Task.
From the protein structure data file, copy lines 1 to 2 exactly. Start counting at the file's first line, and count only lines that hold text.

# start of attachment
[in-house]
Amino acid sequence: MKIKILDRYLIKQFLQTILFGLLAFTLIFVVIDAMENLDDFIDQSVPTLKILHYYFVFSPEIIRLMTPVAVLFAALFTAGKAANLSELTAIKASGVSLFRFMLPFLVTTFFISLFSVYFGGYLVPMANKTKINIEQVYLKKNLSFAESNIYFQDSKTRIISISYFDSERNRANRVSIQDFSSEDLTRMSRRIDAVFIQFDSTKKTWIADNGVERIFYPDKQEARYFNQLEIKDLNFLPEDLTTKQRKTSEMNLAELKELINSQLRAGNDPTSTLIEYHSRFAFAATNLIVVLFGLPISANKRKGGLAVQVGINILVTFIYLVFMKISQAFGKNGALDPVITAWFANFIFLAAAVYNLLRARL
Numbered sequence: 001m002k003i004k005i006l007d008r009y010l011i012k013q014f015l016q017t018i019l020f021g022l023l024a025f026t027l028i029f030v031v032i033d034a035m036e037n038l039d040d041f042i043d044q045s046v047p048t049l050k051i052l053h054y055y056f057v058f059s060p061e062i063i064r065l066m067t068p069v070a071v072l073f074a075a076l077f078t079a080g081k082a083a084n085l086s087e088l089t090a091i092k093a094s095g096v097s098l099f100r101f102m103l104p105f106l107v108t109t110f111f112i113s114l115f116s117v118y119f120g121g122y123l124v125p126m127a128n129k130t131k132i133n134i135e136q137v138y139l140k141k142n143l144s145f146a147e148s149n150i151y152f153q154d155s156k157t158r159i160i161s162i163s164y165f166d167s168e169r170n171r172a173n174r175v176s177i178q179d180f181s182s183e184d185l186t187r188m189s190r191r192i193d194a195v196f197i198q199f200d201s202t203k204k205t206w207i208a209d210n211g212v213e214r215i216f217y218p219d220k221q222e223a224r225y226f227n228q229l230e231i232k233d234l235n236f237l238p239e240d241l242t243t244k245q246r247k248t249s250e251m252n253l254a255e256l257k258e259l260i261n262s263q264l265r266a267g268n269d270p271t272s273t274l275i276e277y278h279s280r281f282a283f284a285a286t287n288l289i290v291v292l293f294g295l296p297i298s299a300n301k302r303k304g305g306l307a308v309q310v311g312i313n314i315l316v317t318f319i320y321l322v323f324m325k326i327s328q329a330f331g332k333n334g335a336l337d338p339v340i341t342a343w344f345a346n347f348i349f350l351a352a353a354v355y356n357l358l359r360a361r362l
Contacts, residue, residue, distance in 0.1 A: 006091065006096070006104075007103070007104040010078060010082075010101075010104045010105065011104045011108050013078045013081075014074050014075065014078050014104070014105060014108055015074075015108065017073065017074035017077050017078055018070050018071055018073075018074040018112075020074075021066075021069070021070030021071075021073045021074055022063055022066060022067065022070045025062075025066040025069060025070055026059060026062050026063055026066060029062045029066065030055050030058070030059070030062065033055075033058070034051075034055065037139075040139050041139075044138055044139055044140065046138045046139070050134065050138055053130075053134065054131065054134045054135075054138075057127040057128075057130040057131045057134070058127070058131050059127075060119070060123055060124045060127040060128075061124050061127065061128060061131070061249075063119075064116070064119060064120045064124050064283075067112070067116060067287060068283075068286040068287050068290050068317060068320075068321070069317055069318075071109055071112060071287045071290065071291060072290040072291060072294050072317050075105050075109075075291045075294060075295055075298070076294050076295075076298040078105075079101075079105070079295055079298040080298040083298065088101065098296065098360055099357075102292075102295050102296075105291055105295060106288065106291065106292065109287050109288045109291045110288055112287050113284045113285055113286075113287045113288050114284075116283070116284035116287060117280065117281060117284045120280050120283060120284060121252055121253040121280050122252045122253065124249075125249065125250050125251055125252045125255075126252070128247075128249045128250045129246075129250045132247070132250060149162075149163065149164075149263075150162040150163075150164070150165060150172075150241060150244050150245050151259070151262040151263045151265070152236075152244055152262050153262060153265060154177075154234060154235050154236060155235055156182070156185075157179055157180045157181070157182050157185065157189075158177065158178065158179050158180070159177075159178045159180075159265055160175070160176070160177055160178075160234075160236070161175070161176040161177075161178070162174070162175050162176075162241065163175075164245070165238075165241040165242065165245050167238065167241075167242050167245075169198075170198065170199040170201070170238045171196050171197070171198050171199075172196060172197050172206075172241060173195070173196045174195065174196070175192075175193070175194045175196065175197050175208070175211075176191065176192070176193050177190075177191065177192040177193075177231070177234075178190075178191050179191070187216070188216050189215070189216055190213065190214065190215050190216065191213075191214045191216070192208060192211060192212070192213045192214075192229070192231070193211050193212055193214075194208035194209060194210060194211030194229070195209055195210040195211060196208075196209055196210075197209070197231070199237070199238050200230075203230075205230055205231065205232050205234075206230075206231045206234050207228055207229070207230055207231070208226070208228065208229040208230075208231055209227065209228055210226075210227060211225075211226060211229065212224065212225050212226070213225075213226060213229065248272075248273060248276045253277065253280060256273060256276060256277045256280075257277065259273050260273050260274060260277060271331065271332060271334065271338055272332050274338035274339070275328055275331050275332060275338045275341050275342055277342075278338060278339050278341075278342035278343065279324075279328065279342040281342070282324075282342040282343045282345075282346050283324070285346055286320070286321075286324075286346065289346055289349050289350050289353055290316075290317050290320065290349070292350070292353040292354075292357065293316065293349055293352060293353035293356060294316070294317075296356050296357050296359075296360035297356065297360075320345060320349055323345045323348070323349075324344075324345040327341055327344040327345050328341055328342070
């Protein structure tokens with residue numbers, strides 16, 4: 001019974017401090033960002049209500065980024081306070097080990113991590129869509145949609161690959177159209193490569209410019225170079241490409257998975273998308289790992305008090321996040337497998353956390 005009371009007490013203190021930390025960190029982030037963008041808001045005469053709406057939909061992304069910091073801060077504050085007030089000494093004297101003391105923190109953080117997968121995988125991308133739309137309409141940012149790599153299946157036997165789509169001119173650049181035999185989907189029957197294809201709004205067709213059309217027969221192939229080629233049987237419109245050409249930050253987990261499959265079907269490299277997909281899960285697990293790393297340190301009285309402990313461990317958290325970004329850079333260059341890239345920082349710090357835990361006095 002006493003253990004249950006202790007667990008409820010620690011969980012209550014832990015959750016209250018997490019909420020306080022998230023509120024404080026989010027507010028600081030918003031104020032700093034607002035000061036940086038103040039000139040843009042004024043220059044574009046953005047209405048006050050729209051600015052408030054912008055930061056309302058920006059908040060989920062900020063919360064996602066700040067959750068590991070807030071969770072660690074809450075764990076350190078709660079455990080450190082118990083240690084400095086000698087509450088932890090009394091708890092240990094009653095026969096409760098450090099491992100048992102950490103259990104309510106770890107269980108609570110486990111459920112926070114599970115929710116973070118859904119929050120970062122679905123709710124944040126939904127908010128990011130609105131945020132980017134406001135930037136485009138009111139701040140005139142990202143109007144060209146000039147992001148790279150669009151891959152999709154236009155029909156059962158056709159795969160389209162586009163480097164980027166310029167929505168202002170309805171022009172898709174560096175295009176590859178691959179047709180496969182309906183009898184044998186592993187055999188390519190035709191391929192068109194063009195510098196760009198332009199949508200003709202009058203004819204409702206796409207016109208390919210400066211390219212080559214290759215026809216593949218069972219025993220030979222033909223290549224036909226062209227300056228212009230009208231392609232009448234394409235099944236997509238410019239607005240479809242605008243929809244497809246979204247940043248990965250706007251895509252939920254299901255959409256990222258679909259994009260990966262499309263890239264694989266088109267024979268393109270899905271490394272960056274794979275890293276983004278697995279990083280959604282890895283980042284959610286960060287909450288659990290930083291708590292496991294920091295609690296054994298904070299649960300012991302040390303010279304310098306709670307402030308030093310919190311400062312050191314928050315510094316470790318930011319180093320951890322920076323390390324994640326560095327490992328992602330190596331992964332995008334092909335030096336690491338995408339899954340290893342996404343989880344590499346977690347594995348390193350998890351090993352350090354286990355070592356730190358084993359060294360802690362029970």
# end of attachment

[in-house]
Amino acid sequence: MKIKILDRYLIKQFLQTILFGLLAFTLIFVVIDAMENLDDFIDQSVPTLKILHYYFVFSPEIIRLMTPVAVLFAALFTAGKAANLSELTAIKASGVSLFRFMLPFLVTTFFISLFSVYFGGYLVPMANKTKINIEQVYLKKNLSFAESNIYFQDSKTRIISISYFDSERNRANRVSIQDFSSEDLTRMSRRIDAVFIQFDSTKKTWIADNGVERIFYPDKQEARYFNQLEIKDLNFLPEDLTTKQRKTSEMNLAELKELINSQLRAGNDPTSTLIEYHSRFAFAATNLIVVLFGLPISANKRKGGLAVQVGINILVTFIYLVFMKISQAFGKNGALDPVITAWFANFIFLAAAVYNLLRARL